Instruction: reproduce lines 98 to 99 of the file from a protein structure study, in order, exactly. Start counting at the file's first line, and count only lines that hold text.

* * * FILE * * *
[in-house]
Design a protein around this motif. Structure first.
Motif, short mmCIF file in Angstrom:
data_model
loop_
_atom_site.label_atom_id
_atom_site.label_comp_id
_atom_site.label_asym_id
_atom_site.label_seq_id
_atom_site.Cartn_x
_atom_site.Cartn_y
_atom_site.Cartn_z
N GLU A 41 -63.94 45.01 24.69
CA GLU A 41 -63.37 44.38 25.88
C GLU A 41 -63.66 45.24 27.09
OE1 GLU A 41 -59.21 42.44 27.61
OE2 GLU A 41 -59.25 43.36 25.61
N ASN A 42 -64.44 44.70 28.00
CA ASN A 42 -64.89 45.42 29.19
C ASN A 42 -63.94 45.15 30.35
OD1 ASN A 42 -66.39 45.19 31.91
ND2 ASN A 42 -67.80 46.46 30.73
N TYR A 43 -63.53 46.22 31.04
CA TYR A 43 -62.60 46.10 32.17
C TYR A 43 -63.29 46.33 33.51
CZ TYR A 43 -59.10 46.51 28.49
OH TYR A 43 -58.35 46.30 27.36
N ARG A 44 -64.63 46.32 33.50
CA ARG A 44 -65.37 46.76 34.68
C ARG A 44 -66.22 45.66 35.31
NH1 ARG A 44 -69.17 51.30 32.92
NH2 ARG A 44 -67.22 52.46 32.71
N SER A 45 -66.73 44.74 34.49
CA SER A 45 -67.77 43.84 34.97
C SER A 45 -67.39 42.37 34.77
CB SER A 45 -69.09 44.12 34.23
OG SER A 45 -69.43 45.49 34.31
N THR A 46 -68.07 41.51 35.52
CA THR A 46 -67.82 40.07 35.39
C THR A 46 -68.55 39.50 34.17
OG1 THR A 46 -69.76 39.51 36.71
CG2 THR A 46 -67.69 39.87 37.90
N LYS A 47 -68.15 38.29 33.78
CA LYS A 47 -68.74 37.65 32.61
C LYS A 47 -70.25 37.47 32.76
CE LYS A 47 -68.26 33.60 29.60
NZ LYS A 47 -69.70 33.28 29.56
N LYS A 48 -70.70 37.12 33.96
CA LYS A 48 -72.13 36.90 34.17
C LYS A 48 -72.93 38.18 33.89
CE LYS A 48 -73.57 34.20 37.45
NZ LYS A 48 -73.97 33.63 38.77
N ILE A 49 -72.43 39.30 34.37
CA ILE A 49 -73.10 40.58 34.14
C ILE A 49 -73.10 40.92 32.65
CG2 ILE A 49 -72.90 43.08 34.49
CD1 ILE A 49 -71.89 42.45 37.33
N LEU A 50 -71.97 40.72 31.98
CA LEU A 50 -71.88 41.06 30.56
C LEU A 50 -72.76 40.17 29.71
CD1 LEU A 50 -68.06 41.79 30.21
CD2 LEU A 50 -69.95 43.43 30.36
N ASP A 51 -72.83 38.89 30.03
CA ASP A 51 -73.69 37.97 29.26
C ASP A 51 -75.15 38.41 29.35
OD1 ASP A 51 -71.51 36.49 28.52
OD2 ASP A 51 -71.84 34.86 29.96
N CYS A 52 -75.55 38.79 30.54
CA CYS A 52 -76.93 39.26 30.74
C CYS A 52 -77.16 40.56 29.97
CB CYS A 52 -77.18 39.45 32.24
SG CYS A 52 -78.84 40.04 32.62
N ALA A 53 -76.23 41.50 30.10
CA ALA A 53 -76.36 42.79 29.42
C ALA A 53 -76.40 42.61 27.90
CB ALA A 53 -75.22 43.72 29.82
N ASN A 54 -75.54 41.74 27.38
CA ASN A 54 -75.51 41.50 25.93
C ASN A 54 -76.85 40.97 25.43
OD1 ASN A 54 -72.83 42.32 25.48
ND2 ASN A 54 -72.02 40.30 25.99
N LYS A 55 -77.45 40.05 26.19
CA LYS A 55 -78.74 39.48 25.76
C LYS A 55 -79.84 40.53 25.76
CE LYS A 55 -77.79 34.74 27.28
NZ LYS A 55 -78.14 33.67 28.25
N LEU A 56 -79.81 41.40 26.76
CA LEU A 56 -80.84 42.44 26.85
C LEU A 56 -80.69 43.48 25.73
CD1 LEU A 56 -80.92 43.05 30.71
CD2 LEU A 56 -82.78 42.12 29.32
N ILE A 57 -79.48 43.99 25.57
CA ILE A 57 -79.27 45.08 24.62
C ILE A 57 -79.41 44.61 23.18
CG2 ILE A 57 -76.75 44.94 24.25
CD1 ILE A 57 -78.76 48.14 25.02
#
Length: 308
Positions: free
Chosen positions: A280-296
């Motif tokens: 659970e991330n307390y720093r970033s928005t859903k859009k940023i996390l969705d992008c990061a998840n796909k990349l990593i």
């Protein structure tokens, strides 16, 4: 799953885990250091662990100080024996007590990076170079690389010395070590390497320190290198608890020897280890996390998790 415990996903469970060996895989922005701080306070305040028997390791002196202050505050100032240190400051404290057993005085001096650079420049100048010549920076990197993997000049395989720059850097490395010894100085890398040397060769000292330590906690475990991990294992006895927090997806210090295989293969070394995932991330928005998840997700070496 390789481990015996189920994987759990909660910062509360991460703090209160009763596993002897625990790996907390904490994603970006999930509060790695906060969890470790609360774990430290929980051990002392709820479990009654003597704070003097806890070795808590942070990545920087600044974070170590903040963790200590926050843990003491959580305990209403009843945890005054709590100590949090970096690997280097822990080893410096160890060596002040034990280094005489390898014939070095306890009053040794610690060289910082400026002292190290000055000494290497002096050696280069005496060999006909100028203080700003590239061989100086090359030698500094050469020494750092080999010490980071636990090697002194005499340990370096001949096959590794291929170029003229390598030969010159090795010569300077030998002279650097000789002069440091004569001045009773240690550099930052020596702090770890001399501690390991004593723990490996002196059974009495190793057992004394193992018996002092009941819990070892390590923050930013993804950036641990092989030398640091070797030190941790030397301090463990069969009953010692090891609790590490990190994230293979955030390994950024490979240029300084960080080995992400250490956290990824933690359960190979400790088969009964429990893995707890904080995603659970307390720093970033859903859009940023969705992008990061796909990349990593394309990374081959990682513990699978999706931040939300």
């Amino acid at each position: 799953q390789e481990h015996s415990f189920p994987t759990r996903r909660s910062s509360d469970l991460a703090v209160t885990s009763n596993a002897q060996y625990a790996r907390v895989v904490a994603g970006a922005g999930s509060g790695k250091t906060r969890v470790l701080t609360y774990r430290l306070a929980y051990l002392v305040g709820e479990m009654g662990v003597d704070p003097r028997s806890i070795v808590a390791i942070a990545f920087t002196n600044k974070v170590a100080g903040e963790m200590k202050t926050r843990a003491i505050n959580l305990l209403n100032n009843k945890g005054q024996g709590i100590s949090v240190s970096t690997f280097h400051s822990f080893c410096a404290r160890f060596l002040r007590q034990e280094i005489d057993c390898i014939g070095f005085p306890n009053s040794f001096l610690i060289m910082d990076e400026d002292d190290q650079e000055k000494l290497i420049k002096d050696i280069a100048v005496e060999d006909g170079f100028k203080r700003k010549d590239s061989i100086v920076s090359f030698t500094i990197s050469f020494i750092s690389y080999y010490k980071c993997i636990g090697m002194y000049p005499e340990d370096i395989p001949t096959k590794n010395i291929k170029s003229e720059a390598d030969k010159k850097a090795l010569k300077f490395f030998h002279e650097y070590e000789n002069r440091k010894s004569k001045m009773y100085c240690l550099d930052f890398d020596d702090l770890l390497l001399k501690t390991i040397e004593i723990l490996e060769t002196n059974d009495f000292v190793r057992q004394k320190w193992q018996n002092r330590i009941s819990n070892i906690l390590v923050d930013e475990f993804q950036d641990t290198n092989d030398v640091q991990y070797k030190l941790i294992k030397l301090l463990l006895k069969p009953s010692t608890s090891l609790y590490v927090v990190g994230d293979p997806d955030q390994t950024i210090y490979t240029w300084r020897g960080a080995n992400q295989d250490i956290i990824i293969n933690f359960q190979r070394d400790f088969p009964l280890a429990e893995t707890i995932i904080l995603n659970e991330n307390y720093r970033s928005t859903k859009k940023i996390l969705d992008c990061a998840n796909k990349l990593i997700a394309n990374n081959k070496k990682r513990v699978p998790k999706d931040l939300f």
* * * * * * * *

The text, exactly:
Length: 308
Positions: free